Tuesday, June 17, 2008

The Obama Effect

As seen at Newsweek's website, an Associated Press reporter asks the best question in the simplest way:

If Barack Obama's got so many issues going for him in the presidential election, from the economy to war fatigue to a national hunger for change, how come John McCain is so close to him as their race begins in earnest?
The AP's Alan Fram is not the only person to observe that Obama has been fought to a virtual draw in a race that Democrats should be winning in a walk. Gallup Poll data (see graph) also show Obama and McCain locked in a dead heat. And in the bellwether states of Nevada and Texas, McCain holds either a slight lead or, as in Lone Star country, "dominates Barack Obama." Moreover, a Washington Post-ABC News poll shows both candidates are "even among political independents."

While RealClearPolitics shows Obama holding a four point lead in its poll aggregations, Fram's question resonates with Obamicans who note along with the Post that,
"at this point four years ago, Democratic Sen. John F. Kerry held [similar] leads over President Bush among all adults and among registered voters."
With five months to go until chads are left hanging in Florida and elsewhere, progressives are doubtless concerned that Obama's tenuous lead could evaporate as quickly as did Kerry's.

They may well be acknowledging the damage done by the protracted Democratic primary; the irony is that rules designed to provide for "proportionate representation" created a situation not unlike that seen in the 2000 presidential election, where the candidate who won the popular vote did not win the contest. The internecine conflict did much to further fray relations between races, genders and classes within the party.

With due cause, Democrats may also be concerned about the "Bradley effect" (as discussed elsewhere.) As they view politics through a prism of race, liberals are understandably concerned that white poll respondents may refuse to admit their covert biases. My own sense is that there is indeed some manner of self-deception that contributes to poll results tilted in favor of Obama. For simplicity's sake, we will refer to this presently observable phenomenon as the "Obama effect"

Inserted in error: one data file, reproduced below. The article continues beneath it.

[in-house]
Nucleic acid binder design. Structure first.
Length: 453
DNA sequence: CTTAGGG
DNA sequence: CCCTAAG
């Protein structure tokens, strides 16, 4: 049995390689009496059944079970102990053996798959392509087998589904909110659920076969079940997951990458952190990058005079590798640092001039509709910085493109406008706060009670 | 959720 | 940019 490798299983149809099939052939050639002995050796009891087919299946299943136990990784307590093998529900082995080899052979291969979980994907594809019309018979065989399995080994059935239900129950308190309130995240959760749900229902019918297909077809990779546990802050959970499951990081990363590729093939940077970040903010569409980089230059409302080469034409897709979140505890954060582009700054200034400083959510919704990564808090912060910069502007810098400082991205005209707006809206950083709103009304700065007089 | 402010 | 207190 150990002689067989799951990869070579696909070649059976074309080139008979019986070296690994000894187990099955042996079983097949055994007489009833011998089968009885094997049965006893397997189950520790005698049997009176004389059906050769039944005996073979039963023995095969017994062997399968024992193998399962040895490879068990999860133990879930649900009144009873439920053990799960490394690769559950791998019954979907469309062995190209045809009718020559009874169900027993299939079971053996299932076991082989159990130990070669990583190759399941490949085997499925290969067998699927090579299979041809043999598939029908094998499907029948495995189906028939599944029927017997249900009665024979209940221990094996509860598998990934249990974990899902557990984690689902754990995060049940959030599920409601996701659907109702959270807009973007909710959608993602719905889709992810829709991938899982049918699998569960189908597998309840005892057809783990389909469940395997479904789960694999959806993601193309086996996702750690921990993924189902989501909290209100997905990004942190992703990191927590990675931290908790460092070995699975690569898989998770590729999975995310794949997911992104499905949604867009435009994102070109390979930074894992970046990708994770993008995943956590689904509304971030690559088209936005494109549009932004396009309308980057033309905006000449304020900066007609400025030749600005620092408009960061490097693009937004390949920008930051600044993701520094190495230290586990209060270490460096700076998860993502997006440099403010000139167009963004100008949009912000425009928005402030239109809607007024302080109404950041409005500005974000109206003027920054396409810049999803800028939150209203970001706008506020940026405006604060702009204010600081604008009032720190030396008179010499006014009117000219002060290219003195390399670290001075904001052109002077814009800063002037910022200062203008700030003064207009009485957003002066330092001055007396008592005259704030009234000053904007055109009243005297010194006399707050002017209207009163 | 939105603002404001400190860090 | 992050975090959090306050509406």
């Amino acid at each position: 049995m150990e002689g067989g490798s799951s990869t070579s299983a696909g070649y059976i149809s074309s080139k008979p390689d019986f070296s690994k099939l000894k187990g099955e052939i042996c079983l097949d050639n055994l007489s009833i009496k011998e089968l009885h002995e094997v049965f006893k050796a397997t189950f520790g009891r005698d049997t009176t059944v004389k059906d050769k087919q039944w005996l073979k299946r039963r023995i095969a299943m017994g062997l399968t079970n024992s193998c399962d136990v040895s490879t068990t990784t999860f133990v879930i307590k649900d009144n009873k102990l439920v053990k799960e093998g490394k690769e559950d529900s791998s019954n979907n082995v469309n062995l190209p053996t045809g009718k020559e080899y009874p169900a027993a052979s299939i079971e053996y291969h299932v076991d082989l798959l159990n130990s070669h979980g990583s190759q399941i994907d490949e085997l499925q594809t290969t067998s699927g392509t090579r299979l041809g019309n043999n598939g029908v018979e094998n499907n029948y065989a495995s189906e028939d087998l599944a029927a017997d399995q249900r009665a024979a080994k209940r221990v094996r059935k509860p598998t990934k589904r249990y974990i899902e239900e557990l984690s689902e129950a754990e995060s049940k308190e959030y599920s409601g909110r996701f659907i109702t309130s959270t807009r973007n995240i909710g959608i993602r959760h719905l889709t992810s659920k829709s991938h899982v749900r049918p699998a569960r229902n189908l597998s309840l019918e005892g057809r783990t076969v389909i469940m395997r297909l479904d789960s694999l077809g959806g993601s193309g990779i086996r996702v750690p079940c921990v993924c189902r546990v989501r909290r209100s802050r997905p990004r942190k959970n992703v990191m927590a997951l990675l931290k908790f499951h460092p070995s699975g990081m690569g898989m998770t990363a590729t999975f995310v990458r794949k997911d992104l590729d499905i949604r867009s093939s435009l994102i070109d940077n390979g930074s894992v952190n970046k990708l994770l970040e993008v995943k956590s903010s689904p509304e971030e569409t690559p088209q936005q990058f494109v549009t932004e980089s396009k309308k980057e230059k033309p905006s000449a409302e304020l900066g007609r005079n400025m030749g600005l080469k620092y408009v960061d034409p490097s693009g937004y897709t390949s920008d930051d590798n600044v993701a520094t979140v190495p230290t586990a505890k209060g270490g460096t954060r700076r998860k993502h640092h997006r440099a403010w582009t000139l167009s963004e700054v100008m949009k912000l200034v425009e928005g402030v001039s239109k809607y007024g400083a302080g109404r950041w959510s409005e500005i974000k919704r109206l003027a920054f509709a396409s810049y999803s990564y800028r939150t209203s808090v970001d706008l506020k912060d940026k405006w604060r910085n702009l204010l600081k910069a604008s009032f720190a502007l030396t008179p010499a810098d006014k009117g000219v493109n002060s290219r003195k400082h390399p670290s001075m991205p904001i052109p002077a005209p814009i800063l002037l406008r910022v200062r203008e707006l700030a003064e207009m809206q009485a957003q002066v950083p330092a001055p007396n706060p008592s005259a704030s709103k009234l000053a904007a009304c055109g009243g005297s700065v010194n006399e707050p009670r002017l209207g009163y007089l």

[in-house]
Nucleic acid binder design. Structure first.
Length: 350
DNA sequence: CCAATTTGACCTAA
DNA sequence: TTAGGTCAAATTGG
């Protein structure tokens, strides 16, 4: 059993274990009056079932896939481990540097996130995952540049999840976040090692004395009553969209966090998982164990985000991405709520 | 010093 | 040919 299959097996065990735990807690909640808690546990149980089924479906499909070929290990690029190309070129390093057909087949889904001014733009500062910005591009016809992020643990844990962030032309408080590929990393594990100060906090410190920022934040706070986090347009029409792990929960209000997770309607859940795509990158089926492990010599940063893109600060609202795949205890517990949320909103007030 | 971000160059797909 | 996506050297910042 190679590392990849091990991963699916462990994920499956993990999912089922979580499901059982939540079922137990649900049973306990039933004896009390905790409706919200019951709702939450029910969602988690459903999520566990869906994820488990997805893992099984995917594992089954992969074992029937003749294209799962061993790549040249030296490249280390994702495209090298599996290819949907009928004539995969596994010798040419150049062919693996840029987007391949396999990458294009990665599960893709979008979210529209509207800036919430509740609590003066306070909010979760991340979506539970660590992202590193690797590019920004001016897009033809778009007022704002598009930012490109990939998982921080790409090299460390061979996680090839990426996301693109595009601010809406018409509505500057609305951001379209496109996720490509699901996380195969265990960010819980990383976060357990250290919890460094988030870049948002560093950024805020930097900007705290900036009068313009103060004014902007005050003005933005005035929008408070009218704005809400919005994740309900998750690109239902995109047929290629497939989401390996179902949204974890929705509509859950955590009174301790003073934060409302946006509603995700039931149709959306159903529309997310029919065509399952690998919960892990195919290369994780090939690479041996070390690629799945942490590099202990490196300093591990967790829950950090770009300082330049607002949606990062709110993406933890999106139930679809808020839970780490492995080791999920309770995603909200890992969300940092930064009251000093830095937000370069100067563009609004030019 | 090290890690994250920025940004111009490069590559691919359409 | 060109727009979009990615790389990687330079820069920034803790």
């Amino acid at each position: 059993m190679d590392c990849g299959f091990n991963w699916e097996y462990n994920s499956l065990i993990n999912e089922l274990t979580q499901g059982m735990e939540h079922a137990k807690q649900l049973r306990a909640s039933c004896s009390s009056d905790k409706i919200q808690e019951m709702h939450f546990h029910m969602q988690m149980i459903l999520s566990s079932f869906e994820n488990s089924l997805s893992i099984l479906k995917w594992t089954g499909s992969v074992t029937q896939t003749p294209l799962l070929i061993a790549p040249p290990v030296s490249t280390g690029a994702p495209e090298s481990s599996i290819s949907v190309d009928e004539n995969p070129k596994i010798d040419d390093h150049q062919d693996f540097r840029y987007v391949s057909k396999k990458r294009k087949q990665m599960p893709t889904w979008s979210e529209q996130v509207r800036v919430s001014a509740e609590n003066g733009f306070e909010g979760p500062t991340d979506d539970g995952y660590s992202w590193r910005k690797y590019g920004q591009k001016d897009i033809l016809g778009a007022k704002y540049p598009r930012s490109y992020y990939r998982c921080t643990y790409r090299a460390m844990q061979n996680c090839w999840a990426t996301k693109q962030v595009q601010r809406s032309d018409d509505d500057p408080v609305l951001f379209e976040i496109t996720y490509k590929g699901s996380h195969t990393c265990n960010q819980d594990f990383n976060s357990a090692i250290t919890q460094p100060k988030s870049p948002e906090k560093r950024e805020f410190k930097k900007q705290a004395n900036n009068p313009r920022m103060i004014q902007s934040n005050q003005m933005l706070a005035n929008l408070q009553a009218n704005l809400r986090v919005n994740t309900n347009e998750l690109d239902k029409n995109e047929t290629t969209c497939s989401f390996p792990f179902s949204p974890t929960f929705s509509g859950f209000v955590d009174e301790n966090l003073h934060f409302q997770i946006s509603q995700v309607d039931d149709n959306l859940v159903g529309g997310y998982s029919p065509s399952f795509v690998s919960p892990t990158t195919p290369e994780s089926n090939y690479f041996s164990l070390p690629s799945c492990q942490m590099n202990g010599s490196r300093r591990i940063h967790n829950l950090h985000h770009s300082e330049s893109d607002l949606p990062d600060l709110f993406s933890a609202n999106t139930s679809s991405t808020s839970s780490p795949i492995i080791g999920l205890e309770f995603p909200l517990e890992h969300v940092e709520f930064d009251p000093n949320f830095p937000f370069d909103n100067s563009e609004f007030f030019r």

In as much as the former is to be differentiated from the latter, is is a measure of both how far America has come - and how far we must go - vis-a-vis race. Rather than denying latent racism, voters possessed of the Obama effect fail to acknowledge their own colorblindness enough to recognize that they are not racists if they do not vote for the first presidential candidate in modern times with so thin a resume of experience. (As much complicates his choice for VP, in that whomever Obama selects must shore him up in everything from foreign affairs to fiscal policy to finding the bathrooms on Air Force One.)

The verifiability of the Obama effect is manifested in its reproducibility. Whatever the merits of Geraldine Ferraro's comments on Obama's candidacy, to assert that a white candidate would never have survived "Bittergate," "Wrightgate," "Ayersgate" and the unfolding scandal involving real estate developer Antonin "Tony" Rezko is unarguable. To be sure, Barack Obama is yet in the running to be president entirely because of a preternatural forbearance on the part of the American people. For their part, Democrats must sense that such forbearance seems more akin to enabling.

In all of his set piece speechifying, Obama has held himself up as someone who has transcended race.
I can only suggest that Americans take Barack Obama at his word and embrace their own indifference to race, considering only his character and body of experience contrasted with that of John McCain. If the aforementioned polls are any indication, Americans are beginning to do exactly that.

Four More Years!

Addendum: Although I was unaware at the time, after publishing this post, I discovered a similarly titled post on Andrew Sullivan's blog. Rest assured that, other than the titles, the content is entirely dissimilar and no effort to poach from Mr. Sullivan's material was intended.

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